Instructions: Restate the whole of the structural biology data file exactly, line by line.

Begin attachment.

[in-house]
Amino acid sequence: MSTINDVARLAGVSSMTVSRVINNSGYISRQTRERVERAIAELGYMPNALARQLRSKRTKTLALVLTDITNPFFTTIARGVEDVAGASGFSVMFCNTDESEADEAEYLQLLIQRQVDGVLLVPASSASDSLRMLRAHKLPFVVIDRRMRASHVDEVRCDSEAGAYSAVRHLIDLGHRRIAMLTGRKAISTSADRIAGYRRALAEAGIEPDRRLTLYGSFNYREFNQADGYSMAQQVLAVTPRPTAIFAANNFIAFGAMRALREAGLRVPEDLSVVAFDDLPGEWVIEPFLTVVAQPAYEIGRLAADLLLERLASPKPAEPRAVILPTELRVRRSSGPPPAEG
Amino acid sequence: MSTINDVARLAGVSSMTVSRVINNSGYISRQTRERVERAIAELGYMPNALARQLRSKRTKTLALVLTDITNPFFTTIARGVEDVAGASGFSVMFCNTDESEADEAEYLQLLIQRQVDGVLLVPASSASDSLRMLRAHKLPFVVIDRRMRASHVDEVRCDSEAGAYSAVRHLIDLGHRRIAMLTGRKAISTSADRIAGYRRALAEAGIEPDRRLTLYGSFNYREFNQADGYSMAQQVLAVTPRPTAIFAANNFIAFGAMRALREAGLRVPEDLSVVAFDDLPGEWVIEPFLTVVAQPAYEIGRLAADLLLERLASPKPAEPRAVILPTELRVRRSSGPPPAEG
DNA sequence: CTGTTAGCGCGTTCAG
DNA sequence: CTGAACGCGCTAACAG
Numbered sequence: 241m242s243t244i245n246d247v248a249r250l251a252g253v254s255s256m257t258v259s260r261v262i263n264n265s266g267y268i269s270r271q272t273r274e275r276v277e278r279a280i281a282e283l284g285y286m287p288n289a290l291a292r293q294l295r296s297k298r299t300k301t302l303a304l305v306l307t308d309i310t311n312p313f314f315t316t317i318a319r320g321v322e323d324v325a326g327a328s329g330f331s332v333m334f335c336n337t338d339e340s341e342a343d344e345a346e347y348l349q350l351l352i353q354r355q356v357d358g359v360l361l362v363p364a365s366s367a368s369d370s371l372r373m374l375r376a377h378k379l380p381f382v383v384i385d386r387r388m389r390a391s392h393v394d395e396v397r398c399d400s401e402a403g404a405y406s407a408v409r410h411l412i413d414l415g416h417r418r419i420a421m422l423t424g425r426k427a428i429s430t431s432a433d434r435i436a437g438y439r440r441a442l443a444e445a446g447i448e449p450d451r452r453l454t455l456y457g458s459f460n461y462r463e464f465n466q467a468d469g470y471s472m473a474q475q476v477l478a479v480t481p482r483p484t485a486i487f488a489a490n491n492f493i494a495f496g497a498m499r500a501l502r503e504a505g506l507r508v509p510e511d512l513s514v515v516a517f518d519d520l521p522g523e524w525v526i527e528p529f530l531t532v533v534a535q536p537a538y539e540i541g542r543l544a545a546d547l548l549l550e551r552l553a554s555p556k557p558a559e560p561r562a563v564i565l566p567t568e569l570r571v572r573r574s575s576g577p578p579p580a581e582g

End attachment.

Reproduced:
[in-house]
Amino acid sequence: MSTINDVARLAGVSSMTVSRVINNSGYISRQTRERVERAIAELGYMPNALARQLRSKRTKTLALVLTDITNPFFTTIARGVEDVAGASGFSVMFCNTDESEADEAEYLQLLIQRQVDGVLLVPASSASDSLRMLRAHKLPFVVIDRRMRASHVDEVRCDSEAGAYSAVRHLIDLGHRRIAMLTGRKAISTSADRIAGYRRALAEAGIEPDRRLTLYGSFNYREFNQADGYSMAQQVLAVTPRPTAIFAANNFIAFGAMRALREAGLRVPEDLSVVAFDDLPGEWVIEPFLTVVAQPAYEIGRLAADLLLERLASPKPAEPRAVILPTELRVRRSSGPPPAEG
Amino acid sequence: MSTINDVARLAGVSSMTVSRVINNSGYISRQTRERVERAIAELGYMPNALARQLRSKRTKTLALVLTDITNPFFTTIARGVEDVAGASGFSVMFCNTDESEADEAEYLQLLIQRQVDGVLLVPASSASDSLRMLRAHKLPFVVIDRRMRASHVDEVRCDSEAGAYSAVRHLIDLGHRRIAMLTGRKAISTSADRIAGYRRALAEAGIEPDRRLTLYGSFNYREFNQADGYSMAQQVLAVTPRPTAIFAANNFIAFGAMRALREAGLRVPEDLSVVAFDDLPGEWVIEPFLTVVAQPAYEIGRLAADLLLERLASPKPAEPRAVILPTELRVRRSSGPPPAEG
DNA sequence: CTGTTAGCGCGTTCAG
DNA sequence: CTGAACGCGCTAACAG
Numbered sequence: 241m242s243t244i245n246d247v248a249r250l251a252g253v254s255s256m257t258v259s260r261v262i263n264n265s266g267y268i269s270r271q272t273r274e275r276v277e278r279a280i281a282e283l284g285y286m287p288n289a290l291a292r293q294l295r296s297k298r299t300k301t302l303a304l305v306l307t308d309i310t311n312p313f314f315t316t317i318a319r320g321v322e323d324v325a326g327a328s329g330f331s332v333m334f335c336n337t338d339e340s341e342a343d344e345a346e347y348l349q350l351l352i353q354r355q356v357d358g359v360l361l362v363p364a365s366s367a368s369d370s371l372r373m374l375r376a377h378k379l380p381f382v383v384i385d386r387r388m389r390a391s392h393v394d395e396v397r398c399d400s401e402a403g404a405y406s407a408v409r410h411l412i413d414l415g416h417r418r419i420a421m422l423t424g425r426k427a428i429s430t431s432a433d434r435i436a437g438y439r440r441a442l443a444e445a446g447i448e449p450d451r452r453l454t455l456y457g458s459f460n461y462r463e464f465n466q467a468d469g470y471s472m473a474q475q476v477l478a479v480t481p482r483p484t485a486i487f488a489a490n491n492f493i494a495f496g497a498m499r500a501l502r503e504a505g506l507r508v509p510e511d512l513s514v515v516a517f518d519d520l521p522g523e524w525v526i527e528p529f530l531t532v533v534a535q536p537a538y539e540i541g542r543l544a545a546d547l548l549l550e551r552l553a554s555p556k557p558a559e560p561r562a563v564i565l566p567t568e569l570r571v572r573r574s575s576g577p578p579p580a581e582g